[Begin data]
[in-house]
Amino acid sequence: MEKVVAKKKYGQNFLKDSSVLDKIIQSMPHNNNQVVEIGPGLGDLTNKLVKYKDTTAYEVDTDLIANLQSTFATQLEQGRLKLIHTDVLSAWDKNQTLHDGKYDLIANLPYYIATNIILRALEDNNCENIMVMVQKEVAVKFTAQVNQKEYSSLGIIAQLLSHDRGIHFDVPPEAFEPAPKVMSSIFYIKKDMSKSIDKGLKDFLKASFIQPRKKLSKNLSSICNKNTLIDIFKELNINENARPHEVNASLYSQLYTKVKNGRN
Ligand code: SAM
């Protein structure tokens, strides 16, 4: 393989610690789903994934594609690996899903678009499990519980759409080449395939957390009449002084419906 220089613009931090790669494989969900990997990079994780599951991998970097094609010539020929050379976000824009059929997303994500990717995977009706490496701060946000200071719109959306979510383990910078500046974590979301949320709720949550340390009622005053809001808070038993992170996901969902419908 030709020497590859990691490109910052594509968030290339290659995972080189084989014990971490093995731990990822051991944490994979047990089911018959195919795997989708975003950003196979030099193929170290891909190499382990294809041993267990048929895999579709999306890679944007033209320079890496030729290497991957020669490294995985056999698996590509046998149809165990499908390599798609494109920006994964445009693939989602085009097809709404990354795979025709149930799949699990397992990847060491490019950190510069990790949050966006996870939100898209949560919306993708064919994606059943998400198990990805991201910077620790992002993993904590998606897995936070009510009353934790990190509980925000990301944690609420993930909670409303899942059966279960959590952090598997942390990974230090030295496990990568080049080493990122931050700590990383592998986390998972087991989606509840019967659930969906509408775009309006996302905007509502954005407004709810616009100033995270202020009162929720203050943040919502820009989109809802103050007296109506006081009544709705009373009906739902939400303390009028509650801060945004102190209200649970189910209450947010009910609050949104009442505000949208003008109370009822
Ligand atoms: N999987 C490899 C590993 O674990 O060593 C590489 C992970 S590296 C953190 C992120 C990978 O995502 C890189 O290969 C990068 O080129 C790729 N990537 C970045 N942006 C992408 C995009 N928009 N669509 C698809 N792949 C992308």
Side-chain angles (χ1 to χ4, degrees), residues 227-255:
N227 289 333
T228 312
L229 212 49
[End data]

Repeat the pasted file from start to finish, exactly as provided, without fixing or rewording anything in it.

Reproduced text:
[in-house]
Amino acid sequence: MEKVVAKKKYGQNFLKDSSVLDKIIQSMPHNNNQVVEIGPGLGDLTNKLVKYKDTTAYEVDTDLIANLQSTFATQLEQGRLKLIHTDVLSAWDKNQTLHDGKYDLIANLPYYIATNIILRALEDNNCENIMVMVQKEVAVKFTAQVNQKEYSSLGIIAQLLSHDRGIHFDVPPEAFEPAPKVMSSIFYIKKDMSKSIDKGLKDFLKASFIQPRKKLSKNLSSICNKNTLIDIFKELNINENARPHEVNASLYSQLYTKVKNGRN
Ligand code: SAM
């Protein structure tokens, strides 16, 4: 393989610690789903994934594609690996899903678009499990519980759409080449395939957390009449002084419906 220089613009931090790669494989969900990997990079994780599951991998970097094609010539020929050379976000824009059929997303994500990717995977009706490496701060946000200071719109959306979510383990910078500046974590979301949320709720949550340390009622005053809001808070038993992170996901969902419908 030709020497590859990691490109910052594509968030290339290659995972080189084989014990971490093995731990990822051991944490994979047990089911018959195919795997989708975003950003196979030099193929170290891909190499382990294809041993267990048929895999579709999306890679944007033209320079890496030729290497991957020669490294995985056999698996590509046998149809165990499908390599798609494109920006994964445009693939989602085009097809709404990354795979025709149930799949699990397992990847060491490019950190510069990790949050966006996870939100898209949560919306993708064919994606059943998400198990990805991201910077620790992002993993904590998606897995936070009510009353934790990190509980925000990301944690609420993930909670409303899942059966279960959590952090598997942390990974230090030295496990990568080049080493990122931050700590990383592998986390998972087991989606509840019967659930969906509408775009309006996302905007509502954005407004709810616009100033995270202020009162929720203050943040919502820009989109809802103050007296109506006081009544709705009373009906739902939400303390009028509650801060945004102190209200649970189910209450947010009910609050949104009442505000949208003008109370009822
Ligand atoms: N999987 C490899 C590993 O674990 O060593 C590489 C992970 S590296 C953190 C992120 C990978 O995502 C890189 O290969 C990068 O080129 C790729 N990537 C970045 N942006 C992408 C995009 N928009 N669509 C698809 N792949 C992308």
Side-chain angles (χ1 to χ4, degrees), residues 227-255:
N227 289 333
T228 312
L229 212 49